How to Check if Computer is 64 or 32 Bit (& Why it Matters)

For most versions of Windows, you can see whether you are on a 64 or 32 bit configuration by finding the System section which details the configuration of your device, alongside other useful information.

If you don’t know how to find this, simply check the guides below for Windows 11, 10, 8.1 and 7.

Windows 11 runs only on 64 bit systems since it does not support 32 bit or x86 configurations.

This means that if your PC runs Windows 11 you should only install 64 bit versions of programs.

If you’re still unsure of this and want to see for yourself do the following:

Step 1: Go to Start > Settings > System > About.

Step 2: Check the bit version under Device specifications > System type.

Method 1:

Step 1: Right Click “This PC” / “My Computer” then click on Properties.

Step 2: Find the System Type field, which should tell you if the PC is 64 bit or 32 bit.

Method 2:

Step 1: Click Start button then Settings.

Step 2: Click System.

Step 3: Scroll down to About, find the System Type field, which should tell you if the PC is 64 bit or 32 bit.

Step 1: On the Start Screen, write computer. This will open the search results.

Step 2: Click Computer, next click Properties. This opens Windows Basic Information section. Under System, verify the bit version on the System type field.

Step 1: Open the Start menu.

Step 2: Write system in the Search Programs and Files field, next click System in the Programs.

Be sure you do not press ENTER after typing system. Wait until the search has generated its list.

Step 3: The operating system will be displayed as:

  • 64-bit Operating System as the System type under System.
  • 32-bit Operating System as the System type under System.

Why computers are 64 or 32 bit

A 64-bit system can process and manage vastly more data than a 32-bit system due to its larger register.

However, it’s not a directly proportional relationship. 64-bit doesn’t just handle twice as much as 32-bit. Instead, the difference is exponential, resulting in a vastly superior data handling capacity.

For example, a 32-bit operating system has a maximum RAM capacity of 4 gigabytes, while a 64-bit system’s theoretical maximum surpasses 16.7 million terabytes, allowing users to assign terabytes of memory to individual programs.

This means that 64-bit systems provide more room for expansion, an advantage readily appreciated by many users.

Besides handling larger amounts of data, 64-bit systems offer better data efficiency, allowing them to utilize RAM more effectively.

This attribute makes 64-bit systems faster in two different ways: they can handle more data and do it more efficiently. It’s also worth noting that while a 64-bit processor can run a 32-bit operating system, doing so would be largely counterproductive, as it would limit the full potential of the processor.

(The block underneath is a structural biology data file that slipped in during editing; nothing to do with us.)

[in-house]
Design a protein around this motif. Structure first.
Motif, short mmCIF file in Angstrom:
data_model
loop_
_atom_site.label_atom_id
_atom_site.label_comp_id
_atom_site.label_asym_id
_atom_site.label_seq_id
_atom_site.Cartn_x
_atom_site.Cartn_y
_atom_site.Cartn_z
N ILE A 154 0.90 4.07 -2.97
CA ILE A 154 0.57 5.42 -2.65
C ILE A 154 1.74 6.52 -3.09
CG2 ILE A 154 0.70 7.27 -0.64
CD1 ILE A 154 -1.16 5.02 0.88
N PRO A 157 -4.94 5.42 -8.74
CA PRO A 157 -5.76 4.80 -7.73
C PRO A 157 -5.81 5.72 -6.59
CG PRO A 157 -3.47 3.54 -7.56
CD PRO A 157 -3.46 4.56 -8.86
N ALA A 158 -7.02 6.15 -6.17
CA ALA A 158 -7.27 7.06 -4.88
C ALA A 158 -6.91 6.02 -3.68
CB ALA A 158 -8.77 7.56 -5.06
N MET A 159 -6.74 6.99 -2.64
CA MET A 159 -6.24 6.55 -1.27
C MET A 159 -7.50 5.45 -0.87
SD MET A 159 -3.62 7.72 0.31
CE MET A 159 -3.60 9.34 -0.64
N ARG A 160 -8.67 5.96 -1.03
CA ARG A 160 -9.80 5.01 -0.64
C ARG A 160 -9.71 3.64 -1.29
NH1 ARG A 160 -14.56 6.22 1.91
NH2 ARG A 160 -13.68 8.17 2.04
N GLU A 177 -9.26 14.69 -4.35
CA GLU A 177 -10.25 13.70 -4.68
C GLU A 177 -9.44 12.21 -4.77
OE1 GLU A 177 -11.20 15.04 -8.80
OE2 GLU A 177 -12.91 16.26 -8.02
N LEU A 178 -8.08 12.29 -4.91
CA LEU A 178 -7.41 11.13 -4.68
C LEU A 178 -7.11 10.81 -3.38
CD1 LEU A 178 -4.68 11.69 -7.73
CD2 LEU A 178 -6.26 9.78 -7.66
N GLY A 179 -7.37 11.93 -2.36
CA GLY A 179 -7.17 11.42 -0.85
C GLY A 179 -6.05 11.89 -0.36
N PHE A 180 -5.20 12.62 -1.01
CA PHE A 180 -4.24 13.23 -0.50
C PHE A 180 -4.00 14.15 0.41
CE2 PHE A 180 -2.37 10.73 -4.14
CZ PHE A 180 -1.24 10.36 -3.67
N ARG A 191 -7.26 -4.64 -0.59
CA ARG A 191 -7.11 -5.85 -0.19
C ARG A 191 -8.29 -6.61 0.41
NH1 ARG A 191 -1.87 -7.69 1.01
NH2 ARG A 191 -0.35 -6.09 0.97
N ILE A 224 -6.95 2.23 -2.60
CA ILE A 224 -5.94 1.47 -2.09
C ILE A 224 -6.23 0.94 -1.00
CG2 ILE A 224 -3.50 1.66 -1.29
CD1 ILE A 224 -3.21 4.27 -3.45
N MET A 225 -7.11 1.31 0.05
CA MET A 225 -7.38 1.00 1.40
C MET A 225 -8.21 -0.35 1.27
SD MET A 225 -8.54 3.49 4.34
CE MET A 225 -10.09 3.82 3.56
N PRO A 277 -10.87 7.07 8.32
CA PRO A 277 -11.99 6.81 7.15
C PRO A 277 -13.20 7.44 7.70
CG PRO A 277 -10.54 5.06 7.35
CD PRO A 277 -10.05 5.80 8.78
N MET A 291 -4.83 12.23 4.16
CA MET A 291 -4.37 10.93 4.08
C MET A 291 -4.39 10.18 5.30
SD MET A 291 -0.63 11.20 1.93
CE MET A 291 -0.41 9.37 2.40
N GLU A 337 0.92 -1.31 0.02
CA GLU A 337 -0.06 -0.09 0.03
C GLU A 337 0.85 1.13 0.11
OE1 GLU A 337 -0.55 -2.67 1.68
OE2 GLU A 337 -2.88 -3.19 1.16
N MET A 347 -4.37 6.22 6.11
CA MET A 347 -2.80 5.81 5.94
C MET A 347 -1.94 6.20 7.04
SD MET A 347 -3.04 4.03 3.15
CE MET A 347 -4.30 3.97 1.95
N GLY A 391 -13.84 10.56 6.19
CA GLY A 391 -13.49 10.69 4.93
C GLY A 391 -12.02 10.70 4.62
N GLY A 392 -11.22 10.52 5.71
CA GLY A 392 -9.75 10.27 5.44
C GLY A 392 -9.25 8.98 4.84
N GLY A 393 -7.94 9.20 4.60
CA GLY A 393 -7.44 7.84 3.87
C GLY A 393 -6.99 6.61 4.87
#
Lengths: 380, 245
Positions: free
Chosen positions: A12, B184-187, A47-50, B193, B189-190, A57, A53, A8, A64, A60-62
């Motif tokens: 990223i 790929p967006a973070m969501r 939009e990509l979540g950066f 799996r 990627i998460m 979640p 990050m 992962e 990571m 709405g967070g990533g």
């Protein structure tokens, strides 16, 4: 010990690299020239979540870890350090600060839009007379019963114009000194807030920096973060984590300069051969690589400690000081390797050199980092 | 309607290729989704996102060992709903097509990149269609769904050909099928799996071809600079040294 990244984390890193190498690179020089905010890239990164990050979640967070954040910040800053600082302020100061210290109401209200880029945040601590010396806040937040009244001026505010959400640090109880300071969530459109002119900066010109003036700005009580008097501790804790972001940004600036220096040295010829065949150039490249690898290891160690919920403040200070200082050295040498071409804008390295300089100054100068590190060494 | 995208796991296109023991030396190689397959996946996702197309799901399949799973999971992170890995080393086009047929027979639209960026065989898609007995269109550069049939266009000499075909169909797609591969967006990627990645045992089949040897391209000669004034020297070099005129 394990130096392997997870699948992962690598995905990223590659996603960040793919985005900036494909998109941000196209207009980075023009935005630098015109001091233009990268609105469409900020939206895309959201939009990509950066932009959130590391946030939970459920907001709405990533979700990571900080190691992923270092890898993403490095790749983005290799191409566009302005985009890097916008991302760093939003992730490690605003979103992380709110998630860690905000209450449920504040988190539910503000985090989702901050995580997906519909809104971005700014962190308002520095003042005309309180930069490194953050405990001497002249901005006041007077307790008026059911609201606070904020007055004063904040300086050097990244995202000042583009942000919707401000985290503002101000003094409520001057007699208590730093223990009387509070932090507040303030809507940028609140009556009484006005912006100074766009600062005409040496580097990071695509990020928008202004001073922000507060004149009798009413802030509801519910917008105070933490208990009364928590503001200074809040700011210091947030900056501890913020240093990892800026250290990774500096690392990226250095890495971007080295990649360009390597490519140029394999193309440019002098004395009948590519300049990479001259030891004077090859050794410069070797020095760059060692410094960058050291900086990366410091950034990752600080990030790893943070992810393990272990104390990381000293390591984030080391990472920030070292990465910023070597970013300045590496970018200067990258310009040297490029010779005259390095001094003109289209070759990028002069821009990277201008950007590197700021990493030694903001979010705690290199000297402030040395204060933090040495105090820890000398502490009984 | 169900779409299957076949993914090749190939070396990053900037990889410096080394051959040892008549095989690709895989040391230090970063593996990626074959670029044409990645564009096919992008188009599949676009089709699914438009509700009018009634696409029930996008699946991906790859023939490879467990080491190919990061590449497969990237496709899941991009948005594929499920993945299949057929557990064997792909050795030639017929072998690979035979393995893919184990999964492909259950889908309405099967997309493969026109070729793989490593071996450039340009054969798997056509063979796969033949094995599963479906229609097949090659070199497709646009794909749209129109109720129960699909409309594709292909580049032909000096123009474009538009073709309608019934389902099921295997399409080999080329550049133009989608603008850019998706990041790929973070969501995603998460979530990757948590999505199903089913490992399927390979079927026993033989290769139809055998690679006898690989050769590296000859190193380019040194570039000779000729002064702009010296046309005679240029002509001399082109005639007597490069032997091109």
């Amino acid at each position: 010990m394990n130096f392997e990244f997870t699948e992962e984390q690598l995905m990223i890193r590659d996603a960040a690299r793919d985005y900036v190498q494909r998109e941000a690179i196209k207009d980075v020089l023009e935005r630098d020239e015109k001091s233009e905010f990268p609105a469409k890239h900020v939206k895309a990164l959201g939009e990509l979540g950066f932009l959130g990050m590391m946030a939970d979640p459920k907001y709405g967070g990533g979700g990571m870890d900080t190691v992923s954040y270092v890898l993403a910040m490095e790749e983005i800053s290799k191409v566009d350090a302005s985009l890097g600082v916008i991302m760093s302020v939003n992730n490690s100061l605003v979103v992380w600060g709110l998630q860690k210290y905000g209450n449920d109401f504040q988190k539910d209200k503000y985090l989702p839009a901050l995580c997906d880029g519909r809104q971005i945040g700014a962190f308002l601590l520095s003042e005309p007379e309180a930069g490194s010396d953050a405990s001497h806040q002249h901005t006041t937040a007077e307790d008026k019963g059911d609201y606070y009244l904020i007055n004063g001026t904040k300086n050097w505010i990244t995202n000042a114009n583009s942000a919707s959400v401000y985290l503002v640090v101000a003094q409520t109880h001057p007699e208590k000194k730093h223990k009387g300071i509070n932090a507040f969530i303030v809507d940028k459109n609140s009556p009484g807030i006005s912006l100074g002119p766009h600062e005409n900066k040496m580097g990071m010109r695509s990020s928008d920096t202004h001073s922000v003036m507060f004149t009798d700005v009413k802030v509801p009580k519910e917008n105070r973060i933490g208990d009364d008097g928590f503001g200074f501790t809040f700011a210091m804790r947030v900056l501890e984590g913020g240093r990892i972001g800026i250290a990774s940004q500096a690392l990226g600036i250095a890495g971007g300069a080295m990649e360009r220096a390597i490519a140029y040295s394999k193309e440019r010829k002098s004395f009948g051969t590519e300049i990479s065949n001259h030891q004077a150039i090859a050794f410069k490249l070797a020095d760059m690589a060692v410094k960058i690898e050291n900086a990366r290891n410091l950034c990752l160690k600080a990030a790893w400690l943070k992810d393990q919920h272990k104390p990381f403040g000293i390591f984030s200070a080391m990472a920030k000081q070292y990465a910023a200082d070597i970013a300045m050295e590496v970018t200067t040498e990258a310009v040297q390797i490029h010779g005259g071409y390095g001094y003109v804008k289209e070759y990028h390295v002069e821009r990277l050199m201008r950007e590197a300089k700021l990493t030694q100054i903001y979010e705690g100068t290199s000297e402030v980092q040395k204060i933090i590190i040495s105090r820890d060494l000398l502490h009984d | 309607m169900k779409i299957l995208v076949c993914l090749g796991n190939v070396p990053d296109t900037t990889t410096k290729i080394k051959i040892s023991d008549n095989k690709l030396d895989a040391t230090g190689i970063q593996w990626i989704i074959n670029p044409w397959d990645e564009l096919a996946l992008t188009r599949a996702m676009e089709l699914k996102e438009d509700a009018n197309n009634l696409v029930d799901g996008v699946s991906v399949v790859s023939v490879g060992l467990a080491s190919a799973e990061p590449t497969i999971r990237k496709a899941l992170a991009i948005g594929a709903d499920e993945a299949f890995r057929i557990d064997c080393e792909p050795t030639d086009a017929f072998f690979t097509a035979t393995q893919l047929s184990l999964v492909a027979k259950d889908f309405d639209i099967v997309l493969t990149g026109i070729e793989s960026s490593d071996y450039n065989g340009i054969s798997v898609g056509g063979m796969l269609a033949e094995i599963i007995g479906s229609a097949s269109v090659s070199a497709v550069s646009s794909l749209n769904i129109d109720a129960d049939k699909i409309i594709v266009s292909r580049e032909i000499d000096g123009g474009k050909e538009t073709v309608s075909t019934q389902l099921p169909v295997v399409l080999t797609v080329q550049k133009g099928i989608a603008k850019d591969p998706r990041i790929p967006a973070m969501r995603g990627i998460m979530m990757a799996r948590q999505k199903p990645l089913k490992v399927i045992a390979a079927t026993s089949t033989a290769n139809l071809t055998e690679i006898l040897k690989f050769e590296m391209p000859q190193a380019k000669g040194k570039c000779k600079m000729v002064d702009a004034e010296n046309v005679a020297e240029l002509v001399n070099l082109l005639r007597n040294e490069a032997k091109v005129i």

64-bit versions of Windows also offer improved security. These include driver signature enforcement, patch guard, and hardware data execution prevention, all of which contribute to a more secure computing environment.

Why do 32 bit computers still exist

32-bit computers are still in existence for several reasons, including legacy software support, cost and hardware constraints, and compatibility with specific hardware devices.

Legacy Software Support

Many businesses, governments, and other organizations still rely on older software that was designed specifically for 32-bit systems. This software may be crucial for their operations, and upgrading or migrating to a new system could be expensive, time-consuming, and disruptive. In some cases, the software’s original developers may no longer be available to update the software to a 64-bit architecture.

Cost and Hardware Constraints

32-bit systems typically require less memory and processing power than 64-bit systems. This can make them a more cost-effective choice for low-resource environments, such as embedded systems, older hardware, or budget-conscious settings. For example, many low-cost or older-model smartphones, tablets, and other devices still run on 32-bit processors to save costs and power. In fact, it was only recently that Google introduced the first, 64-bit only smartphone!

Hardware Compatibility

Some specific hardware devices only have drivers written for 32-bit systems. Upgrading to a 64-bit operating system could render these devices useless unless new drivers are written, which may not be feasible if the hardware manufacturer is no longer in business or has decided not to support the device on newer systems.

Developing Markets

In many developing markets, lower-end, and thus less expensive, hardware is more prevalent. These systems often use 32-bit architectures to keep costs low. Upgrading to 64-bit systems would require more powerful and expensive hardware.

Technical Limitations

64-bit systems require more storage space and memory to operate than 32-bit systems because they handle significantly larger amounts of data. In environments where storage space or memory is limited, 32-bit systems may be the only viable option.

It’s important to note that while 32-bit computers still exist and have their uses, the tech industry’s general trend is moving towards 64-bit computing due to its superior performance, larger addressing space, and better security features. However, the complete phase-out of 32-bit systems is likely to be a slow process due to the reasons listed above.

Paul Bonea
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